The Effect Of Temperature On Bacterial Amylase

1766 WordsNov 2, 20178 Pages
Lucas Santana, Aremi Velasco, Cassey Sejour, Emily Wahlenberg Professor Michael BSC2010L - U51 12 October 2017 Panther ID 5917275 Affecting Factors of A Catalyzed Reaction Abstract This experiment tested how factors such as pH and temperature would affect enzyme activity. Temperature is one of the factors that do affect enzyme activity, along with pH. There were four stations set up that had different temperatures (0°,25°,65°,85°). The solution that was created was composed of two things, the two were starch and amylase. Amylase is an enzyme that can sometimes catabolizes starch polymers into smaller subunits. This experiment is primarily to observe the effect of temperature on the ability of amylase to…show more content…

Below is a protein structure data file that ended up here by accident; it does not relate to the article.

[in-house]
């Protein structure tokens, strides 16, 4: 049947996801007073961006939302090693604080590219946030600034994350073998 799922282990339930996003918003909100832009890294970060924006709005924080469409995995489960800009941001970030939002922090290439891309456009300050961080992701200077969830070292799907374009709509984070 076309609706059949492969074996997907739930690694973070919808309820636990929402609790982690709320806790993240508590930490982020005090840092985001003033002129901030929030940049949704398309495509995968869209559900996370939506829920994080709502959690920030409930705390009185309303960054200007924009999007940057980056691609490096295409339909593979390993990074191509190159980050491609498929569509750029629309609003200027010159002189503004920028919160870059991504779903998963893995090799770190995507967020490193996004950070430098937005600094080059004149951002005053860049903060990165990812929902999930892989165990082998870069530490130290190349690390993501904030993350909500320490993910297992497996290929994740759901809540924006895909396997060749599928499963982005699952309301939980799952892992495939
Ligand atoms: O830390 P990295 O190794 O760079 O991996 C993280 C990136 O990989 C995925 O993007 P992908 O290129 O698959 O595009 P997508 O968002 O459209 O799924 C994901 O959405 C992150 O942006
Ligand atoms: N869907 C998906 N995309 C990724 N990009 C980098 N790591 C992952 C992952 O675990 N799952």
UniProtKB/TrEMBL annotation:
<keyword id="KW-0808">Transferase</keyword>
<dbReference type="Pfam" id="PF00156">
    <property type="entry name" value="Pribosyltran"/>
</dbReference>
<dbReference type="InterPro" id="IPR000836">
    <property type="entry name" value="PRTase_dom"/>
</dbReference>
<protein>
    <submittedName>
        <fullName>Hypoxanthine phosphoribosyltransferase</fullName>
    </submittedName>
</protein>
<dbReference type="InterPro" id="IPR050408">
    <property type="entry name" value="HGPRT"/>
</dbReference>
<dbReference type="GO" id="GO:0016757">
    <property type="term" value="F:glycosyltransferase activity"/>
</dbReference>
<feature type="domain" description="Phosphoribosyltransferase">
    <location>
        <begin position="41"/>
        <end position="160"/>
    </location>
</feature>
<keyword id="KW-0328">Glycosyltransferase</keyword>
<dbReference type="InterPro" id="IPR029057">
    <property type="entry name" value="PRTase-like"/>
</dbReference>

There are enzymes in our bodies that help shorten the activation energy needed in reactions in order to get more done in our body. Most cells depend on enzymes to carry out reactions faster and more efficiently. Enzymes are a biological catalyst that accelerate chemical reactions (Alberte et al., 2012). Activation energy is the amount of energy required for chemical reactions to occur (Alberte et al., 2012). Enzymes have special active sites that substrates bind to, to create a product known as the enzyme substrate complex (Breslow, R. 2006). There are cofactors and coenzymes in enzymes. Cofactors are organic and assist enzymes during catalysis relations (Breslow, R. 2006). Coenzymes are in organic and cannot catalyze a reaction themselves but can help enzymes during the process (Brewslow, R. 2006). The enzyme does not change itself but it changes the substrate to accelerate chemical reactions. Only specific substrates can bind to the active site, and the specific shapes also infer the purpose of the substrate. There are many different enzymes that all have their own specific function, also these different enzymes sometimes have very different environments. For example the pH of enzymes in our saliva is around 6-7 pH (Alberte et al., 2012), on the other hand, the pH of enzymes in our stomach is around 2 pH (Alberte et al., 2012). These two are very opposite but they have their own identity and
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